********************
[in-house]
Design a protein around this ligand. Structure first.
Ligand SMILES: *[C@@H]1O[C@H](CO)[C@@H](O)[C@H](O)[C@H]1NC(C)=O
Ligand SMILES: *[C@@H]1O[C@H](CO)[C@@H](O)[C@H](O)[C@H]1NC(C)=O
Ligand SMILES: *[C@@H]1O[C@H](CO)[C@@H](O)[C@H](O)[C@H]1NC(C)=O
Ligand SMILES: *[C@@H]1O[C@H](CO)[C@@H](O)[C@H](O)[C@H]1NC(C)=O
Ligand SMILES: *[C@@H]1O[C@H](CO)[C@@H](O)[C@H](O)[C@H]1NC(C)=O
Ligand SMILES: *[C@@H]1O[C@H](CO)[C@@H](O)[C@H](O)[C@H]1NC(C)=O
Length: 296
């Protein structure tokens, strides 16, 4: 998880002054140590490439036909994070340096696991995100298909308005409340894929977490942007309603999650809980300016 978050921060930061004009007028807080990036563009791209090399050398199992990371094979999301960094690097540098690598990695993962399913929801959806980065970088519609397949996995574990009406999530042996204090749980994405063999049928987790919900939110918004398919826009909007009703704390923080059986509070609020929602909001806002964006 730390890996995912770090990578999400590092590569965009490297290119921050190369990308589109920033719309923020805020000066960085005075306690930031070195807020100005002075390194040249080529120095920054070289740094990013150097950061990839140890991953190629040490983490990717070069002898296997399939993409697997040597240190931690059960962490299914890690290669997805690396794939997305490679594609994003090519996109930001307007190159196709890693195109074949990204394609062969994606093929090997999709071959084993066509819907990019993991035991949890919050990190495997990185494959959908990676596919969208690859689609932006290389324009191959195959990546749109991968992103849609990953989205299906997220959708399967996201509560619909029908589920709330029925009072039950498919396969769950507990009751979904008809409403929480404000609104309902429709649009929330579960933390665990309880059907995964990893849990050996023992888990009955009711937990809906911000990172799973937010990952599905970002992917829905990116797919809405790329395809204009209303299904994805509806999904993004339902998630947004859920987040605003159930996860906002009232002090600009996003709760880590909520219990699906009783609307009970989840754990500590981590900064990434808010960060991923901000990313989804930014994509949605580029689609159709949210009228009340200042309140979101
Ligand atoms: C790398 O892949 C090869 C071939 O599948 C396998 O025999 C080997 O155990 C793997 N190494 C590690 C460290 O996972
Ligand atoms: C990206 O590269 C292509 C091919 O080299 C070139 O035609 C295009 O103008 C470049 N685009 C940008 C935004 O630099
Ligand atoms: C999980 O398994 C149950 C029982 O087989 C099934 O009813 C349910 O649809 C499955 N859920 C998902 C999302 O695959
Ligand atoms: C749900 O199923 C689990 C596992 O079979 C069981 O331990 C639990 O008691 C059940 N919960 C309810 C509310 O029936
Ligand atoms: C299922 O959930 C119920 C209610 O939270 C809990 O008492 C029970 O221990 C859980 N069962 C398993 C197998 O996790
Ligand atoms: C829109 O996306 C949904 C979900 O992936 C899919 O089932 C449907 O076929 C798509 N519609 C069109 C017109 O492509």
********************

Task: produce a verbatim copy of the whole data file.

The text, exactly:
[in-house]
Design a protein around this ligand. Structure first.
Ligand SMILES: *[C@@H]1O[C@H](CO)[C@@H](O)[C@H](O)[C@H]1NC(C)=O
Ligand SMILES: *[C@@H]1O[C@H](CO)[C@@H](O)[C@H](O)[C@H]1NC(C)=O
Ligand SMILES: *[C@@H]1O[C@H](CO)[C@@H](O)[C@H](O)[C@H]1NC(C)=O
Ligand SMILES: *[C@@H]1O[C@H](CO)[C@@H](O)[C@H](O)[C@H]1NC(C)=O
Ligand SMILES: *[C@@H]1O[C@H](CO)[C@@H](O)[C@H](O)[C@H]1NC(C)=O
Ligand SMILES: *[C@@H]1O[C@H](CO)[C@@H](O)[C@H](O)[C@H]1NC(C)=O
Length: 296
């Protein structure tokens, strides 16, 4: 998880002054140590490439036909994070340096696991995100298909308005409340894929977490942007309603999650809980300016 978050921060930061004009007028807080990036563009791209090399050398199992990371094979999301960094690097540098690598990695993962399913929801959806980065970088519609397949996995574990009406999530042996204090749980994405063999049928987790919900939110918004398919826009909007009703704390923080059986509070609020929602909001806002964006 730390890996995912770090990578999400590092590569965009490297290119921050190369990308589109920033719309923020805020000066960085005075306690930031070195807020100005002075390194040249080529120095920054070289740094990013150097950061990839140890991953190629040490983490990717070069002898296997399939993409697997040597240190931690059960962490299914890690290669997805690396794939997305490679594609994003090519996109930001307007190159196709890693195109074949990204394609062969994606093929090997999709071959084993066509819907990019993991035991949890919050990190495997990185494959959908990676596919969208690859689609932006290389324009191959195959990546749109991968992103849609990953989205299906997220959708399967996201509560619909029908589920709330029925009072039950498919396969769950507990009751979904008809409403929480404000609104309902429709649009929330579960933390665990309880059907995964990893849990050996023992888990009955009711937990809906911000990172799973937010990952599905970002992917829905990116797919809405790329395809204009209303299904994805509806999904993004339902998630947004859920987040605003159930996860906002009232002090600009996003709760880590909520219990699906009783609307009970989840754990500590981590900064990434808010960060991923901000990313989804930014994509949605580029689609159709949210009228009340200042309140979101
Ligand atoms: C790398 O892949 C090869 C071939 O599948 C396998 O025999 C080997 O155990 C793997 N190494 C590690 C460290 O996972
Ligand atoms: C990206 O590269 C292509 C091919 O080299 C070139 O035609 C295009 O103008 C470049 N685009 C940008 C935004 O630099
Ligand atoms: C999980 O398994 C149950 C029982 O087989 C099934 O009813 C349910 O649809 C499955 N859920 C998902 C999302 O695959
Ligand atoms: C749900 O199923 C689990 C596992 O079979 C069981 O331990 C639990 O008691 C059940 N919960 C309810 C509310 O029936
Ligand atoms: C299922 O959930 C119920 C209610 O939270 C809990 O008492 C029970 O221990 C859980 N069962 C398993 C197998 O996790
Ligand atoms: C829109 O996306 C949904 C979900 O992936 C899919 O089932 C449907 O076929 C798509 N519609 C069109 C017109 O492509």